British Columbia

False claims of stillbirths among vaccinated mothers at B.C. hospital slammed as harmful disinformation

Health authorities say there's no truth to social media rumours that suggest there were more than a dozen stillbirths in 24 hours at Lions Gate Hospital in North Vancouver, B.C.

Vancouver Coastal Health says people spreading rumours have no association with Lions Gate Hospital

Vancouver Coastal Health says there has been no increase in stillbirths at Lions Gate Hospital during the COVID-19 pandemic. (Maggie MacPherson/CBC)

Health authorities say there's no truth to social media rumours that suggest there were more than a dozen stillbirths in 24 hours at Lions Gate Hospital in North Vancouver, B.C.

In a series of tweets on Tuesday evening, Vancouver Coastal Health dismissed disinformation suggesting a spike in stillbirths among mothers who have received the COVID-19 vaccine.

"There is no truth to this claim and the individuals spreading this false information have no affiliation to either LGH or VCH. There has been no notable change to the incidence of stillbirths in the VCH region throughout the COVID-19 pandemic," the health authority said.

"This type of disinformation adds unnecessary stress to expecting parents who have received a COVID-19 vaccine, on health-care staff who must reassure their patients, and on the health-care system, as resources are stretched further during the ongoing pandemic response."

Several scientific studies have shown that COVID-19 vaccines do not increase the risk of stillbirths or miscarriage.

That finding was confirmed last month in preliminary research published in The New England Journal of Medicine, based on a review of 13,956 pregnancies in Norway.

The real risk of stillbirths, according to research from the U.S. Centers for Disease Control and Prevention, comes from infection with the novel coronavirus.

A review of 1.25 million deliveries between March 2020 and September 2021 showed that stillbirths occurred in 0.64 per cent of deliveries from people who didn't have COVID-19, and 1.26 per cent of people who had the disease. The rate of stillbirths has risen even higher in pregnancies involving the delta variant of the coronavirus.

False rumours linked to video of protest

The rumour about stillbirths appears to have started with a video of a Nov. 11 anti-vaccination rally outside the North Vancouver RCMP detachment that has been shared by a handful of small media outlets promoting extreme right-wing content.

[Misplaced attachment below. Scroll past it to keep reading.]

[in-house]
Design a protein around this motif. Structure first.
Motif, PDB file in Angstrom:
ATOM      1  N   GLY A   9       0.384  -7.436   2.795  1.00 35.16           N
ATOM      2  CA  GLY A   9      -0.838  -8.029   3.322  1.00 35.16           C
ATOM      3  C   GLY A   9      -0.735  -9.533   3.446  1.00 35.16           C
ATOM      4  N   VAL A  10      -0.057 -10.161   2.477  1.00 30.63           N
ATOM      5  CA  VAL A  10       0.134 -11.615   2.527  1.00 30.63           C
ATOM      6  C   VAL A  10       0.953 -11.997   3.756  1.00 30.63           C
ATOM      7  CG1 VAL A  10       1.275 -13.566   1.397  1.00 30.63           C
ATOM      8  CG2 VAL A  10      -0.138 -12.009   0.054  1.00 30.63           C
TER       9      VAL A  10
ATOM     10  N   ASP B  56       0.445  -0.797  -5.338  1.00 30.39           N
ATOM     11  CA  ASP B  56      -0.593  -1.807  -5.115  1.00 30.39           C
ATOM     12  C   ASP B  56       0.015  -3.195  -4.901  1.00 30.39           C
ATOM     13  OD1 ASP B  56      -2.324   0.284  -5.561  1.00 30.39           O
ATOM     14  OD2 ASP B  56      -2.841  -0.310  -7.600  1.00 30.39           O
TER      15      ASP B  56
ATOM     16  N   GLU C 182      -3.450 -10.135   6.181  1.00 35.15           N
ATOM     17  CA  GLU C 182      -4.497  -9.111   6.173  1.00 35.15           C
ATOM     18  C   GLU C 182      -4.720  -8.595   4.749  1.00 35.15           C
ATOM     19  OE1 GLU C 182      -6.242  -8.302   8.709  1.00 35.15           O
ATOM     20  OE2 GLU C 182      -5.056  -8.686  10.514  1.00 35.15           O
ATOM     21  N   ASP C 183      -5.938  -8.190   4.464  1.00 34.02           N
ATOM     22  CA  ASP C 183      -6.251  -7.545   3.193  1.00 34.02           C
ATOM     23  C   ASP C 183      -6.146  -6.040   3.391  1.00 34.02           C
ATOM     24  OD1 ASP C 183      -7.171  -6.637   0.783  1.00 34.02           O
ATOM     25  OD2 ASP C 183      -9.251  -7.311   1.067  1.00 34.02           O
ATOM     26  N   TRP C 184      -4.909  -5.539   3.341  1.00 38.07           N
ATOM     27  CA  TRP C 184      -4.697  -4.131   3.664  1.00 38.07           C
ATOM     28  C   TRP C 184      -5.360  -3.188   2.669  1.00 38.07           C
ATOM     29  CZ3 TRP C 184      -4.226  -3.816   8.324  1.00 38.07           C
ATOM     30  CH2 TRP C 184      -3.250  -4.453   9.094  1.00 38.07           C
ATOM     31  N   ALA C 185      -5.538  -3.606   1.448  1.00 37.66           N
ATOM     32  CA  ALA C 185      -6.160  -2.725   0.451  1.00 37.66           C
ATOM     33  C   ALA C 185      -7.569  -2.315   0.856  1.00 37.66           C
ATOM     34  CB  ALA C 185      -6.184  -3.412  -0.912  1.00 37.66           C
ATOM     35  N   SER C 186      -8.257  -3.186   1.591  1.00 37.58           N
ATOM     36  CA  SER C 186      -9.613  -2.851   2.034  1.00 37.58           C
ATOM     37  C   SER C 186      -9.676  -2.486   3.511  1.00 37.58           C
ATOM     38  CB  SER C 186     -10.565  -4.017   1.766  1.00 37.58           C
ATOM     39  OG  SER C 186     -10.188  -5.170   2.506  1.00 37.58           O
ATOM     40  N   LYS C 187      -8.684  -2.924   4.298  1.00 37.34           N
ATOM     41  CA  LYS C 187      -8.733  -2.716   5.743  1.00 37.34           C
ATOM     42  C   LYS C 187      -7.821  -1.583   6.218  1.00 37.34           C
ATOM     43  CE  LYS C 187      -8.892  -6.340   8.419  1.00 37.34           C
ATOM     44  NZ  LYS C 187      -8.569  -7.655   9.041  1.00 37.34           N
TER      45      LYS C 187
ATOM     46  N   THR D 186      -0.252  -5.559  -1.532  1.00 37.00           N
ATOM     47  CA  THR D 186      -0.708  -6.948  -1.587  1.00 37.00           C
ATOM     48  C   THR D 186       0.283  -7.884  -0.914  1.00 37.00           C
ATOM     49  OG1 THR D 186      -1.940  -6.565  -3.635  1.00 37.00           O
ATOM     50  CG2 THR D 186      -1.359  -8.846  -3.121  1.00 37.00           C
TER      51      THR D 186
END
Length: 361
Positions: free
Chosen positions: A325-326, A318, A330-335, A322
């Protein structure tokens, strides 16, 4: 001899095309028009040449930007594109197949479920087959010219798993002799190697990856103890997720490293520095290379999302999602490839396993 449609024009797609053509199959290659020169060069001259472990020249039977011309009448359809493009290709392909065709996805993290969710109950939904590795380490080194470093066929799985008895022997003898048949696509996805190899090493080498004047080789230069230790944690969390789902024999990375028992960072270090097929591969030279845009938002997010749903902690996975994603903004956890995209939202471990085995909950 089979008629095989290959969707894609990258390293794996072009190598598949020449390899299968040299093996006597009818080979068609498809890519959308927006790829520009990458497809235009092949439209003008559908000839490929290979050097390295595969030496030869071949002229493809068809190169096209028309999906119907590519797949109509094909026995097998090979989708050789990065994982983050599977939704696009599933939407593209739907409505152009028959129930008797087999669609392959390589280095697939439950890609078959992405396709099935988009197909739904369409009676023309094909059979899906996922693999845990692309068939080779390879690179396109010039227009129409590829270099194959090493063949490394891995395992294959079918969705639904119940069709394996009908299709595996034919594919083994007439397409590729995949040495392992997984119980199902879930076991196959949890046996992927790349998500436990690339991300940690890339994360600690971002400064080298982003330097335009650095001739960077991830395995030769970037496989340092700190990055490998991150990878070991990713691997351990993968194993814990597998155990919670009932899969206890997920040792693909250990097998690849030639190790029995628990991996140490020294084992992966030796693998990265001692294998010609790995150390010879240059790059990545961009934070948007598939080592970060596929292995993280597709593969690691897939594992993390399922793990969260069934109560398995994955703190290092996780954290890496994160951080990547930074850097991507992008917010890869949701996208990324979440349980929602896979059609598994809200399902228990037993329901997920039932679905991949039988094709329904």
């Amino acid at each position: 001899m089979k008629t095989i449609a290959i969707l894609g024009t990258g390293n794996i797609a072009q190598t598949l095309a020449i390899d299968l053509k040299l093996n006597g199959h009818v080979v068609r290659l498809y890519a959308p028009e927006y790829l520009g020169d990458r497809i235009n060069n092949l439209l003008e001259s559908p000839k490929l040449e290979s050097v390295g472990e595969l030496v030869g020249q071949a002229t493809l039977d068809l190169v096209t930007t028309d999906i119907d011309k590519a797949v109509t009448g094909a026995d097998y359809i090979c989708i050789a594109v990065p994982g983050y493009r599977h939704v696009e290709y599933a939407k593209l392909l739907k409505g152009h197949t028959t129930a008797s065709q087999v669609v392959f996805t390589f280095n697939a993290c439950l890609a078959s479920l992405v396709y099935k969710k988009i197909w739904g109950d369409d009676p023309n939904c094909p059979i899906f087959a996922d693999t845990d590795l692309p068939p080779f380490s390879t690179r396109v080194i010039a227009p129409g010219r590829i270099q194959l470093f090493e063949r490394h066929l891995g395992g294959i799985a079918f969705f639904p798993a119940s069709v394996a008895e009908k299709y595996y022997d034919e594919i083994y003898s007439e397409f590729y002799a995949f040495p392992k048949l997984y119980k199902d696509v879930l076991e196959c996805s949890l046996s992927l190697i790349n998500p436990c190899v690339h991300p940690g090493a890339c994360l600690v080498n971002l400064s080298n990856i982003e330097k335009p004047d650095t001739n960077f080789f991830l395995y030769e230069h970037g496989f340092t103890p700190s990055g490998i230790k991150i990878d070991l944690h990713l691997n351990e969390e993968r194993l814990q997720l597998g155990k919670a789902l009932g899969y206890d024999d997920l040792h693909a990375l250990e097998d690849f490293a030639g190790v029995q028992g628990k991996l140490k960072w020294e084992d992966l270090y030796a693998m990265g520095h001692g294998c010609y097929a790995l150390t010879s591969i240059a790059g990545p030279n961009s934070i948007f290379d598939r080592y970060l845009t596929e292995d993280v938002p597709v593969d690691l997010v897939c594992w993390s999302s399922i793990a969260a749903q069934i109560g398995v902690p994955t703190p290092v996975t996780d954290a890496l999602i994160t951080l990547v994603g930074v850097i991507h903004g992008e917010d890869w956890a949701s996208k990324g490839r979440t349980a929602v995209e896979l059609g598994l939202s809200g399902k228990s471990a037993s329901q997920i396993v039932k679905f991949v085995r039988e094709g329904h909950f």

Some of the protesters shown in the video claim that unnamed doulas have told them about the stillbirths. None of those doulas are present at the rally.

The false claims are echoed by two men with medical credentials who are shown entering the detachment to speak with Mounties inside. Neither man has any connection to Lions Gate Hospital or hospital privileges anywhere in the Vancouver Coastal Health region, the health authority confirmed.

One of the men is retired family doctor Mel Bruchet, who calls COVID-19 a "hoax" in the video. According to the website of the College of Physicians and Surgeons of B.C., Bruchet has resigned his medical licence.

The other medical professional featured in the video is Dr. Daniel Nagase, who claims he was fired from working at a rural Alberta hospital after promoting the anti-parasitic drug ivermectin as a treatment for COVID-19.

Nagase has said he treated three patients with ivermectin at the Rimbey Hospital and Care Centre, located 65 kilometres northwest of Red Deer, Alta. Versions of the drug designed for humans and for livestock have been widely and falsely promoted as a cure for COVID-19, leading to shortages in Canada for those who might need it.

Alberta Health Services has said Nagase was not scheduled for further shifts at the hospital and a review would be conducted into his "extremely disappointing" conduct.


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